“He Came Among His Own.”
Christmas Eve, 2014
I want to begin by saying that the reason why you’re here tonight is of no consequence. If you’re at Liturgy every Sunday, whether you’re what we often call a “C & E” Christian-and that doesn’t stand for Church of England, but rather “Christmas and Easter”- it doesn’t matter. All that matters this evening is that Jesus Christ, the Son of God, is born in Bethlehem of Judea, and while that sounds like “old news”-though maybe “good news” in a generically Christian sort of way-the better news is what St. John has to say, He came among his own.
To put that a bit differently, The Word became flesh and dwelt among us.
I don’t get too excited about angels in the sky singing, shepherds in the field abiding, the wise men from afar bearing gifts, the holy family, or even the baby in the manger, but what I do become incredibly excited about is that Christ took on human flesh-he became a man- and in doing so, he took upon himself every rotten, wounded, sick, horrific, part of me, and in return he gave himself to me.
And he didn’t just do it for me-he’s done it for everyone, regardless of whether they’re devout Christians, C&E Christians, marginal Christians or atheists: there is no part of humanity anywhere that Christ has not taken upon himself and in doing so, healed, made whole. Now not everyone knows it, and that’s as much the fault of the Church as it is those who live in ignorance, but Christ hasn’t given up on anyone which is precisely why the “old news” that Jesus Christ, the Son of God, is born in Bethlehem of Judea is still “good news,” for Christ became a man, lived among men, and still searches….perhaps even for you.
Now this is important to everyone tonight by virtue of the fact that you are here, at this Liturgy-for whatever the reason might be: keep peace in the family, duty, desire, make your parents happy, make your mother happy give your favorite pastor a gift, whatever, the fact is that you’re here and that means that at some level, you believe in God—and that’s a good thing.
Maybe your faith isn’t as refined as the person next to you, and maybe those who believe their faith is refined isn’t quite as perfect as they might think, but that’s OK too, for you see Christ still came among us as a man-not as the God of the Old Testament, in a fiery cloud or whirlwind, but as one of us; it’s Genesis in reverse: he became bone of my bone and flesh of my flesh, precisely so that none of us would be frightened or afraid to approach him, for you see he hasn’t come in judgment or wrath, but rather in mercy and peace; with outstretched arms and not a clenched fist. And tonight he’s come again, among his own.
Belief in God is a good thing, but it’s not the only thing; St. James reminds us that even the demons believe in God. Belief in the Nativity story too is a good thing, but it’s not the only thing either. No one should ever start with a “belief in God”-after all what does that mean? Tonight there’s a historical, prophetical, and scriptural reality held out once again to the entire world, that transcends angels, mangers and wise men, and it’s that reality that needs to be believed, yes; but better still apprehended and acted upon: Jesus Christ, the Son of God, is born in Bethlehem of Judea, that is to say, the Word became flesh and dwelt among us, as a man.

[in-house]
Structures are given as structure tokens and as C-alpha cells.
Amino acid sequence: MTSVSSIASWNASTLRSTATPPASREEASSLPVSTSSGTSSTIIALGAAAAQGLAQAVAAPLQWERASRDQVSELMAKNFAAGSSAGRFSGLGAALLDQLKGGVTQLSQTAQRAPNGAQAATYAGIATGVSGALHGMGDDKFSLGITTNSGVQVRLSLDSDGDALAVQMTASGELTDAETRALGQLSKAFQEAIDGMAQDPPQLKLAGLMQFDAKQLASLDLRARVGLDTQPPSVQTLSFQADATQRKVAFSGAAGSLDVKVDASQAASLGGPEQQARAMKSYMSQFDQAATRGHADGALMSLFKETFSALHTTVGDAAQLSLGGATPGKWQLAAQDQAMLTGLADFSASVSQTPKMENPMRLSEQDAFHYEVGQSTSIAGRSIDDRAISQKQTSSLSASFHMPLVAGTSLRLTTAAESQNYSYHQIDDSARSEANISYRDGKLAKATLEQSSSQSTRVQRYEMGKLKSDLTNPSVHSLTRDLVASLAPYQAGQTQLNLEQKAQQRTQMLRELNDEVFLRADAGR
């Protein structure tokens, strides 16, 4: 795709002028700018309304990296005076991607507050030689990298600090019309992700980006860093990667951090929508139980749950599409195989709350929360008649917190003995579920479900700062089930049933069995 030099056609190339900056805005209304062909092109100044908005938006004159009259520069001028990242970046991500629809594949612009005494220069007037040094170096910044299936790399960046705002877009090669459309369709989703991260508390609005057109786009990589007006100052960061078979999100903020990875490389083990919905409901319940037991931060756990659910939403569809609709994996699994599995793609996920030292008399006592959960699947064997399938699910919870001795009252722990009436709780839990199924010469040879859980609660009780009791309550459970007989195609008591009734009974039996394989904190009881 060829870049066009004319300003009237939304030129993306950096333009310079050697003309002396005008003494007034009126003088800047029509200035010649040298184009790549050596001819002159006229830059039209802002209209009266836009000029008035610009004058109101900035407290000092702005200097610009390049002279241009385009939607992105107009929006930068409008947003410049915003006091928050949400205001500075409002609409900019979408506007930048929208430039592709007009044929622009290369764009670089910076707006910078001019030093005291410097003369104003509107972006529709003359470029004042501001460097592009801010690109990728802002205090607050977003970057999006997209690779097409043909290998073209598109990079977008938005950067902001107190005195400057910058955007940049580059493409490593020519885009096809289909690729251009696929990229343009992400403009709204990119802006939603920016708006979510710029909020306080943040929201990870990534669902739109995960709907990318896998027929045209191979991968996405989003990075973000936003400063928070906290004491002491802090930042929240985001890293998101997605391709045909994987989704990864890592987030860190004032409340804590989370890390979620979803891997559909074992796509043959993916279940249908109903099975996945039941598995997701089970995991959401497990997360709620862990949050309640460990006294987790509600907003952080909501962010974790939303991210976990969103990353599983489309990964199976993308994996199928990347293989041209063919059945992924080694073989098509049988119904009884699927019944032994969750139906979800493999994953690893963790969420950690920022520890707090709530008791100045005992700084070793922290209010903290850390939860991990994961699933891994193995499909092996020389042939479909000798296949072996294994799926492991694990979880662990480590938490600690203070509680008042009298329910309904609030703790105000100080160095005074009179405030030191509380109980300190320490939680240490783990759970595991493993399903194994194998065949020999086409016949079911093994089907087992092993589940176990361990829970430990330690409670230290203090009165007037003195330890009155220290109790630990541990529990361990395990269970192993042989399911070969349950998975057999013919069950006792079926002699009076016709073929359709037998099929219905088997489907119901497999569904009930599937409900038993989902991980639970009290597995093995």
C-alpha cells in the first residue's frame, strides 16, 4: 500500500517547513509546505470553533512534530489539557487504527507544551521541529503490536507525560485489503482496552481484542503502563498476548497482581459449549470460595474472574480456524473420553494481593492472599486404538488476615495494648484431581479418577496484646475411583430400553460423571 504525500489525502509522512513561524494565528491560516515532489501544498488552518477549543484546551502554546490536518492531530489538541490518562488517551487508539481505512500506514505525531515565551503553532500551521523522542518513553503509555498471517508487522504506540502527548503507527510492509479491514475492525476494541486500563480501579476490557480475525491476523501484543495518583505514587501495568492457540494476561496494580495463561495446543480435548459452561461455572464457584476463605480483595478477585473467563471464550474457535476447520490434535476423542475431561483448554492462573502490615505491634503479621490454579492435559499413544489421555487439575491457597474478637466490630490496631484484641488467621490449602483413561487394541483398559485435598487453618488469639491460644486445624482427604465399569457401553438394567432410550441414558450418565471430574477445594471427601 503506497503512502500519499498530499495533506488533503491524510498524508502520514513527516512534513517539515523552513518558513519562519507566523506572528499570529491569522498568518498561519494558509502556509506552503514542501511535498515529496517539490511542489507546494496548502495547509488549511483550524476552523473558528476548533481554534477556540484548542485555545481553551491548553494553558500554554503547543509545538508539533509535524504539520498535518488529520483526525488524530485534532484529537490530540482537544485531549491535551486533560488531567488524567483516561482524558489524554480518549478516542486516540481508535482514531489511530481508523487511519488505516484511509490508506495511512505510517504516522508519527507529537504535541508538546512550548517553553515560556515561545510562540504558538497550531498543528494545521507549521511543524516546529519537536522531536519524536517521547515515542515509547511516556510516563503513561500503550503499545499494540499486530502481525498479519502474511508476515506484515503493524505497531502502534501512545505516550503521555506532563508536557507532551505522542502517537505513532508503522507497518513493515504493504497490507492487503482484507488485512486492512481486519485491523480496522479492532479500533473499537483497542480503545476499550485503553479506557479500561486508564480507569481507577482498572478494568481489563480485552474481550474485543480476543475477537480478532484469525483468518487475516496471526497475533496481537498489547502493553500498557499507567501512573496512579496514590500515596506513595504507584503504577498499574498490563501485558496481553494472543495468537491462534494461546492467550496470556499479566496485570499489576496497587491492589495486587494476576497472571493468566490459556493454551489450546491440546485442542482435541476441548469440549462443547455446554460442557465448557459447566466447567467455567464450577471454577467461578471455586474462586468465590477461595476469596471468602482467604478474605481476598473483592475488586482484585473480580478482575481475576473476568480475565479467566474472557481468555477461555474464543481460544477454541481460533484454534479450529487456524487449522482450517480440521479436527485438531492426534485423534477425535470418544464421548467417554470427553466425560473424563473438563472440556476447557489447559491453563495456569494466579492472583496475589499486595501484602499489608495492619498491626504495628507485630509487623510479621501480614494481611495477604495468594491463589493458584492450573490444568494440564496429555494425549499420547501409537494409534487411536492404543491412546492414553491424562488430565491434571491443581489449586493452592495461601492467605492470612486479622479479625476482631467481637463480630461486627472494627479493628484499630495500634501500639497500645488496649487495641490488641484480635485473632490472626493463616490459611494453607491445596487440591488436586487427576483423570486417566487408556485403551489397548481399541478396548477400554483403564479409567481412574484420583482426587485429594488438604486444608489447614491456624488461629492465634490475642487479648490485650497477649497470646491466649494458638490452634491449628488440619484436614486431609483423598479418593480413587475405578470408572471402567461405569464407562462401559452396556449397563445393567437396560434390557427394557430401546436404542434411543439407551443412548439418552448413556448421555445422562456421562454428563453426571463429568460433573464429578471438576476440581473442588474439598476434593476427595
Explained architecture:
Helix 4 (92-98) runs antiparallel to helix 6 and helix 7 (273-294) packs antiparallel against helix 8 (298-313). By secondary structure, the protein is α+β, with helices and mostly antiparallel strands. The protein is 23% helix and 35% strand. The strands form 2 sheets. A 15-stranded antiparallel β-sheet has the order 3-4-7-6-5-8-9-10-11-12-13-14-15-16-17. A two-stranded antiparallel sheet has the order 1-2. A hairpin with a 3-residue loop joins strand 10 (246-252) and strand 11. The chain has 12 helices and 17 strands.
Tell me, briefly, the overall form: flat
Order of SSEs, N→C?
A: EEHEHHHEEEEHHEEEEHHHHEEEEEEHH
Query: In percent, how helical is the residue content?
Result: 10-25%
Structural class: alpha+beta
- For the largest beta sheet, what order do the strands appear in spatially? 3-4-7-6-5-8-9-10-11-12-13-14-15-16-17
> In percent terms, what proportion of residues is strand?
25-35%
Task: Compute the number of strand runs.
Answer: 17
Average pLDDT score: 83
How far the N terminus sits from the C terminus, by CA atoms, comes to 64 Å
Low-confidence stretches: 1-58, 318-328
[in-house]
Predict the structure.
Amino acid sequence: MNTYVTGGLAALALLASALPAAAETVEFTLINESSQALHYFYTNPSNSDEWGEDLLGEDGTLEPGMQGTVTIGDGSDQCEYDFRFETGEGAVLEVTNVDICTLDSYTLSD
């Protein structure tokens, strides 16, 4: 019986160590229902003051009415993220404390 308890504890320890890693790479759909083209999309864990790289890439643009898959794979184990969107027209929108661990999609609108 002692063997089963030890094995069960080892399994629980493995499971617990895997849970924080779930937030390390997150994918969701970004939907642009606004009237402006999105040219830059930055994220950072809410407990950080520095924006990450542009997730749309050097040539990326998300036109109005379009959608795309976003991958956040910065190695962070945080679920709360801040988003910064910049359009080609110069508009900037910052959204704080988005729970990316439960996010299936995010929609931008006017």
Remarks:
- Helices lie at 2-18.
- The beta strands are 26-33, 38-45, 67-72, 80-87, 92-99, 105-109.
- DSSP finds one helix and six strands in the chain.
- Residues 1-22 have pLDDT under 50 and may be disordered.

And he came among his own; did you hear that? Were you listening-I know no one wants a lengthy Christmas Eve sermon, and neither do I, I despise long and windy sermons, but you need to get this: he came among his own, which can only mean that his flesh, his bone, his blood, his skin-his biology if you will-was identical to our own, after all who was frightened at his coming? No one looked at him in the manger and fled in terror or fear!
You are his “own.”
So no matter who you are, how often you attend a Liturgy or pray, no matter why you’re here this evening, you have a reason to rejoice: the Word became flesh and dwelt among us, for-no-other-reason-than-to-seek-and-to-save-the-lost. No one then should be frightened, no one should believe that he or she is not loved by Christ, no one should think that there is some sin, some roadblock, some hindrance between them and our Father, for Jesus Christ, the Son of God, is born in Bethlehem of Judea, that is to say, the Word became flesh and dwelt among us, as a man.
Brothers and sisters, you are loved beyond what you can possibly imagine: Christ has come into our flesh, making us children of God, with himself as the firstborn.
Tonight, once again, we will celebrate that great gift of life, of forgiveness, of mercy, of healing and of peace with God in the Eucharist. Tonight Christ will again come among his own, with his Father and the Holy Spirit as the entire Trinity celebrates with us tonight that Jesus Christ, the Son of God, is born in Bethlehem of Judea; the Word became flesh and dwelt among us, as a man.
Finally-and that’s the first word you’ve been waiting to hear-I want to leave you with what the centurion in Matthew 8 said to Jesus: Lord I am not worthy that you should come into my home, but only say the word… “only say the word” brothers and sisters………………….
Our Lord didn’t “say” the Word, he became the Word, and that Word became flesh and dwelt among us.
And now the second word you’re waiting for: AMEN!
 While there are no direct quotes in this piece from specific Fathers, I owe them all a debt beyond repayment. For better or for worse, their words and their wisdom have largely shaped my own theological thought. In this particular piece I was inspired by the work of Bernard of Clairvaux; when you read his Christmas homilies you cannot help but come away thinking that he was a man for whom the Incarnation was one of the greatest joys of his life-as it should be for ours!